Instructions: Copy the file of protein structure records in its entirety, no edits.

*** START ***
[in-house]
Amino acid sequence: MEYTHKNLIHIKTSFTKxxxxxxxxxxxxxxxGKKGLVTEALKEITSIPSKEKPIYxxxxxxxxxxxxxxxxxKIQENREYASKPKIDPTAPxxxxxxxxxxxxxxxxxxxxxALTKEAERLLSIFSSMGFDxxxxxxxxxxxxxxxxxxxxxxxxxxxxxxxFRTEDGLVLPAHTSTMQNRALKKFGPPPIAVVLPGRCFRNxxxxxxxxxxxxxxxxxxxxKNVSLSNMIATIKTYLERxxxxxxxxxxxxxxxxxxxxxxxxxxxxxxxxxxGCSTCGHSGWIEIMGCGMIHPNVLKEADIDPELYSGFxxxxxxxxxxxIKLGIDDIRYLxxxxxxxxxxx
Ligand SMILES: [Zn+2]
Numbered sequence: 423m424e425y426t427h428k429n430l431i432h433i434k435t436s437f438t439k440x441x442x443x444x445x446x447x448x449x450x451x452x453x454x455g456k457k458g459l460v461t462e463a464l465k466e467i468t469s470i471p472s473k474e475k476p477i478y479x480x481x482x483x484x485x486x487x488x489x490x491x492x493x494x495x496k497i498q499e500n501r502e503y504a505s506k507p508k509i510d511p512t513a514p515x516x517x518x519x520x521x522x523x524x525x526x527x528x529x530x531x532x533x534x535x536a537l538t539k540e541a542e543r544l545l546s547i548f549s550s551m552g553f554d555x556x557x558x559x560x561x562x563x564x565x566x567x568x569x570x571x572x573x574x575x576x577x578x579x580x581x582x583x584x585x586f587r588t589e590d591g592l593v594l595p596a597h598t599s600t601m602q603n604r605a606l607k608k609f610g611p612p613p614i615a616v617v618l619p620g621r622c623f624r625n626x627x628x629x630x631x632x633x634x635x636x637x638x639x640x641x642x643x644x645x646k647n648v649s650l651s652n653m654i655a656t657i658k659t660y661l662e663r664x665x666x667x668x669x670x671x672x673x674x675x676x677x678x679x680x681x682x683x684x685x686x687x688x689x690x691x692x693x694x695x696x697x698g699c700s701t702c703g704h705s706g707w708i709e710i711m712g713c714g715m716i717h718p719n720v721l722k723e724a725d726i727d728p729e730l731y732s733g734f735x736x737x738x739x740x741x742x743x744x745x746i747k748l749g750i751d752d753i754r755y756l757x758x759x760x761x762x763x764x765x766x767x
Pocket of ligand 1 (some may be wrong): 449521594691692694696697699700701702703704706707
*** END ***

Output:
[in-house]
Amino acid sequence: MEYTHKNLIHIKTSFTKxxxxxxxxxxxxxxxGKKGLVTEALKEITSIPSKEKPIYxxxxxxxxxxxxxxxxxKIQENREYASKPKIDPTAPxxxxxxxxxxxxxxxxxxxxxALTKEAERLLSIFSSMGFDxxxxxxxxxxxxxxxxxxxxxxxxxxxxxxxFRTEDGLVLPAHTSTMQNRALKKFGPPPIAVVLPGRCFRNxxxxxxxxxxxxxxxxxxxxKNVSLSNMIATIKTYLERxxxxxxxxxxxxxxxxxxxxxxxxxxxxxxxxxxGCSTCGHSGWIEIMGCGMIHPNVLKEADIDPELYSGFxxxxxxxxxxxIKLGIDDIRYLxxxxxxxxxxx
Ligand SMILES: [Zn+2]
Numbered sequence: 423m424e425y426t427h428k429n430l431i432h433i434k435t436s437f438t439k440x441x442x443x444x445x446x447x448x449x450x451x452x453x454x455g456k457k458g459l460v461t462e463a464l465k466e467i468t469s470i471p472s473k474e475k476p477i478y479x480x481x482x483x484x485x486x487x488x489x490x491x492x493x494x495x496k497i498q499e500n501r502e503y504a505s506k507p508k509i510d511p512t513a514p515x516x517x518x519x520x521x522x523x524x525x526x527x528x529x530x531x532x533x534x535x536a537l538t539k540e541a542e543r544l545l546s547i548f549s550s551m552g553f554d555x556x557x558x559x560x561x562x563x564x565x566x567x568x569x570x571x572x573x574x575x576x577x578x579x580x581x582x583x584x585x586f587r588t589e590d591g592l593v594l595p596a597h598t599s600t601m602q603n604r605a606l607k608k609f610g611p612p613p614i615a616v617v618l619p620g621r622c623f624r625n626x627x628x629x630x631x632x633x634x635x636x637x638x639x640x641x642x643x644x645x646k647n648v649s650l651s652n653m654i655a656t657i658k659t660y661l662e663r664x665x666x667x668x669x670x671x672x673x674x675x676x677x678x679x680x681x682x683x684x685x686x687x688x689x690x691x692x693x694x695x696x697x698g699c700s701t702c703g704h705s706g707w708i709e710i711m712g713c714g715m716i717h718p719n720v721l722k723e724a725d726i727d728p729e730l731y732s733g734f735x736x737x738x739x740x741x742x743x744x745x746i747k748l749g750i751d752d753i754r755y756l757x758x759x760x761x762x763x764x765x766x767x
Pocket of ligand 1 (some may be wrong): 449521594691692694696697699700701702703704706707